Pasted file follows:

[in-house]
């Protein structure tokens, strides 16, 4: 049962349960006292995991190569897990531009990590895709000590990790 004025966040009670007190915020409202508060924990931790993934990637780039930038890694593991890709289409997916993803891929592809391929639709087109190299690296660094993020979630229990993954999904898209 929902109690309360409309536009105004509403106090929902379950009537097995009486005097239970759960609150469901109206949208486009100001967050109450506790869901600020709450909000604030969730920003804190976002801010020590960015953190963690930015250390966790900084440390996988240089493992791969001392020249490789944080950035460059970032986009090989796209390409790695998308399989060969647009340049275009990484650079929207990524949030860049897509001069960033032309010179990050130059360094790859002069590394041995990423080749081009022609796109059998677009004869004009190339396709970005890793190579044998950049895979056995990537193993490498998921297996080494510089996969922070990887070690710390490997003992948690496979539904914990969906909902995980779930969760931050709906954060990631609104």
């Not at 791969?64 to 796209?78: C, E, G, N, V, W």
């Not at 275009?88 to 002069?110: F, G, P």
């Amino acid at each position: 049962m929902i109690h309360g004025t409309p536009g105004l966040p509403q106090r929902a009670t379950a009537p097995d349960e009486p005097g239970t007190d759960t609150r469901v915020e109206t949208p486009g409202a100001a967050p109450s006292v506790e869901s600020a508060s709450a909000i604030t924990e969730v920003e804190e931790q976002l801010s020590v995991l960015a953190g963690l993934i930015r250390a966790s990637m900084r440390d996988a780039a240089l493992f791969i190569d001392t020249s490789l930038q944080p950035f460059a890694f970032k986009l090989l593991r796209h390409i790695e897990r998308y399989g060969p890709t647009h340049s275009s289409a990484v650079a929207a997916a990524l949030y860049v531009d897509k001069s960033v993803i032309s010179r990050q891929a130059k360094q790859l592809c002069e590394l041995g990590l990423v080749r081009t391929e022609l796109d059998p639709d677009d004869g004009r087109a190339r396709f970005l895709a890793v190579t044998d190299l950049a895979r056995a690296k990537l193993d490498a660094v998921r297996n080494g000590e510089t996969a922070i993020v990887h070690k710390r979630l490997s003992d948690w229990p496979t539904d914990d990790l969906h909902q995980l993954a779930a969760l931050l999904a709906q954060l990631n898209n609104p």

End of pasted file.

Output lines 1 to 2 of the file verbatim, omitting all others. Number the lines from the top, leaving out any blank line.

[in-house]
């Protein structure tokens, strides 16, 4: 049962349960006292995991190569897990531009990590895709000590990790 004025966040009670007190915020409202508060924990931790993934990637780039930038890694593991890709289409997916993803891929592809391929639709087109190299690296660094993020979630229990993954999904898209 929902109690309360409309536009105004509403106090929902379950009537097995009486005097239970759960609150469901109206949208486009100001967050109450506790869901600020709450909000604030969730920003804190976002801010020590960015953190963690930015250390966790900084440390996988240089493992791969001392020249490789944080950035460059970032986009090989796209390409790695998308399989060969647009340049275009990484650079929207990524949030860049897509001069960033032309010179990050130059360094790859002069590394041995990423080749081009022609796109059998677009004869004009190339396709970005890793190579044998950049895979056995990537193993490498998921297996080494510089996969922070990887070690710390490997003992948690496979539904914990969906909902995980779930969760931050709906954060990631609104």